At fullback, we know Andy Hartman is good at the point of attack, but his backup, Derrick Davis, is a converted tailback who is learning the craft. Davis adds a receiving element to the passing game from the FB position, but he's unproven in leading the way for the Rebel tailbacks. Hence, extra work in two-a-days. Again, the plan came into play and more was learned about Derrick and the next guy, Dan Hoffman, who has shown he can be competent.
At quarterback, a battle for number two continues between RS freshman Nathan Stanley and senior Billy Tapp. Stanley has been given every opportunity to step up and be the guy with extra reps, but the coaches have a lot of faith in Billy to run the offense without pause and without major blunders. Still a work in progress. Nathan has shown flashes, but we're sure QB Coach Kent Austin is looking for more consistency.
On the DL, the depth situation took a hit when Justin Smith was lost for 6-8 weeks – hopefully that's all – with a broken foot, but now the DT rotation will be four instead of five. Let's not get too greedy. In years past, we were lucky to have two good tackles, so the moaning is not too loud about that position. And the addition of Craig Drummond to that spot has potential for some help as the season progresses. P.S. – Let's not have another one get hurt. . . . At DE, a lot of people have been holding their breath about the condition of Greg Hardy's foot. So far, everything is going as expected. Greg has experienced some soreness, but that was anticipated, and the coaches are being smart with his practice use, limiting him to the bare minimum to keep him sharp. The emergence of one Gerald Rivers has also given DL Coach Terry Price another option, in an emergency. The DL looks solid, but we'd be hiding a fact if we didn't say the coaches want to see Rivers and Drummond continue to grow and develop for their peace of mind and added strength of that unit. If you need a reason why, check out last week's results. Kentrell Lockett and Garrett Ryan both went down with stingers in their shoulders and hardy missed a few practices with soreness. Insurance is needed and the premium is Rivers and Drum improving.
Going into two-a-days, depth at linebacker was an issue. A pair of true freshmen have helped alleviate some of that anxiety. Although green, D.T. Shackelford at MLB and Joel Kight on the outside have made a positive impression on DC/Linebackers Coach Tyrone Nix. Dare we say he is comfortable with them? Knowing Nix, he'd say they still have a lot to learn, which would be true, but you can tell he's not as anxious as he was at the start of camp because of the addition of those two. In Saturday's scrimmage, Nix heaped praise on D.T. Nix does not hand that out liberally and without reason.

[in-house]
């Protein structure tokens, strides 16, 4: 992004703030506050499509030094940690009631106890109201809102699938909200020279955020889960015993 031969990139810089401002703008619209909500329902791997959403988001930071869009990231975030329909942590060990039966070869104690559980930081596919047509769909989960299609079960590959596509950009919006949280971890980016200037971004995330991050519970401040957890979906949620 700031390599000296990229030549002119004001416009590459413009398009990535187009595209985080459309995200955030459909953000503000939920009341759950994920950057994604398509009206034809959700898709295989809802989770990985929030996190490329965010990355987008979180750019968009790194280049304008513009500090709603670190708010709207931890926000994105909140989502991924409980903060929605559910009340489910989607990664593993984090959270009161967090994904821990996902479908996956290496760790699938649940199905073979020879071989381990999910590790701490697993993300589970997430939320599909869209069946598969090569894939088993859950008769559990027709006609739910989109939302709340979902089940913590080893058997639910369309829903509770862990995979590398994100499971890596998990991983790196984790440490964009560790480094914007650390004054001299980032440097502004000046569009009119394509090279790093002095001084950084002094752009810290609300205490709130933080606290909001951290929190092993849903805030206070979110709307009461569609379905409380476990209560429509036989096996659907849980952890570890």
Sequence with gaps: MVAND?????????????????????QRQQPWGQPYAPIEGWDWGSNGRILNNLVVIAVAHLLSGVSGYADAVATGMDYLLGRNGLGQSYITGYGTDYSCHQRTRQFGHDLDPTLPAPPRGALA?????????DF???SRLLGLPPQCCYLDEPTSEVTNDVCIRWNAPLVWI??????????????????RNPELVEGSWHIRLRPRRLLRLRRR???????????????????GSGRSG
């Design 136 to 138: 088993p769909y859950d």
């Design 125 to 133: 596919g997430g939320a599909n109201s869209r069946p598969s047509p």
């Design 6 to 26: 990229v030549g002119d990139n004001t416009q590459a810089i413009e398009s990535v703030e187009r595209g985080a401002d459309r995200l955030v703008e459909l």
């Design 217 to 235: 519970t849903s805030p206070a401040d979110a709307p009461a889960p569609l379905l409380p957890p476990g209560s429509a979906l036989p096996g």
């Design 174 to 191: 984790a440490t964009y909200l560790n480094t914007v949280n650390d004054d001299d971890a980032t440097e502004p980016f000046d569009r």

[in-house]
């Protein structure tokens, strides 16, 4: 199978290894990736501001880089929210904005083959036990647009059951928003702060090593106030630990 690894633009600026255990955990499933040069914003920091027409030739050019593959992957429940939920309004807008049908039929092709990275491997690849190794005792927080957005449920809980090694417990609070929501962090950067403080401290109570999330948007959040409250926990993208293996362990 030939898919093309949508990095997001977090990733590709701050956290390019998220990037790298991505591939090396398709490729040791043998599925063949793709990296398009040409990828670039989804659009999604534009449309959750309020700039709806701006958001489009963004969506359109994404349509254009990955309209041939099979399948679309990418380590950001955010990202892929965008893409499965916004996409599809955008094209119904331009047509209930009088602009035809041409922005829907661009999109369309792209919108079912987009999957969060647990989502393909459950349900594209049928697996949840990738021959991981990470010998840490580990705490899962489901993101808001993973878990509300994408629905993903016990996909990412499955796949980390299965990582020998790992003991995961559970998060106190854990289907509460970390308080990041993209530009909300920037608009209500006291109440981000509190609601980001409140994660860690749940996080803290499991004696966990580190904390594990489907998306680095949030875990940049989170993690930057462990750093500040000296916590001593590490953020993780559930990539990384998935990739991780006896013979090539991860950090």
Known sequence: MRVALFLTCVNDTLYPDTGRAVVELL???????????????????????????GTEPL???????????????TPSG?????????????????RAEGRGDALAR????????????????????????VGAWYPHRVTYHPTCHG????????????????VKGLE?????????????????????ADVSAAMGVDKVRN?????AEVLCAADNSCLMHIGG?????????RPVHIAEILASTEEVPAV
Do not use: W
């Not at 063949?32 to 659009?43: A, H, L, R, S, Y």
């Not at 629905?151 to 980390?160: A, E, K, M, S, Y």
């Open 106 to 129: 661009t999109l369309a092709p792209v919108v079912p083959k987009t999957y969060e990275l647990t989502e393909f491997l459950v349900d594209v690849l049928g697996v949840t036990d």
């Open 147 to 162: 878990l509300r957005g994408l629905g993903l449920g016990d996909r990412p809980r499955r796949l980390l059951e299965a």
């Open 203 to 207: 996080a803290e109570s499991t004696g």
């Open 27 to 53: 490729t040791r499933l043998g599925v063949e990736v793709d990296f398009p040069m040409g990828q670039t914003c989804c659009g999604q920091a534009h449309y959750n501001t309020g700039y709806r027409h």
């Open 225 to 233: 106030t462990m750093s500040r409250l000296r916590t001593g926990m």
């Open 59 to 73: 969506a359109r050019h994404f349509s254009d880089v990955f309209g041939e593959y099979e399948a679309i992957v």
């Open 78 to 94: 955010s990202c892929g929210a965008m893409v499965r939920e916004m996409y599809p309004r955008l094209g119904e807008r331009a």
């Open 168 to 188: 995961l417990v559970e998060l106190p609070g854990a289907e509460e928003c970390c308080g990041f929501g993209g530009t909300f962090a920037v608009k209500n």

It was hoped back in the summer that either Tig Barksdale or Jamar Hornsby would give the safety slots immediate help. Neither are available – you know those stories. So now the attention is turned to Fon Ingram and Derrick Herman and who else, we don't know at this point. Fon played some last year and showed he can be productive. Derrick will be an important part of most special teams units, but has to keep working on his open field tackling from the FS slot. A little more help and development is still needed there to make those positions championship caliber, replete with the kind of depth you desire.
Which brings us to cornerback, a unit that struggled a lot last season but got better as the campaign progressed. They have picked up where they left off last fall and are better, and it appears backups Jeremy McGee and Marcus Temple have gained more trust from the staff. Again, lots of reps in the preseason should pay dividends, but nobody would call that a "deep" part of the team.
On special teams, the two new kickers – PK Andrew Ritter and P Tyler Campbell – provide immediate depth to the stable and may end up as starters. Great additions to the team. And Josh Shene and Bryson Rose give the Rebs plenty of reliable ammo for field goals and extra points. Seemingly no issues there. In the return game, tried and true Marshay and Dexter are all you need at PR, but Grandy is being groomed there too as insurance. Kickoff return could go in several directions, but who handles and secures the ball the best is still being determined.
So how did two-a-days help the drive for a title?
The coaches got a ton of information to process and makes decisions from. They came closer to learning all the skill sets of every player and they gained trust in some key backups.
We're not implying everything is resolved. We're not implying the Rebels are suddenly a deep team across the board. But we are saying the depth situation has been vigorously addressed and progress has definitely been made in areas that needed it.
Kudos to the coaches for the plan. It was the only way, in this opinion, to build a championship team and not sit back with their fingers crossed hoping nobody would get hurt.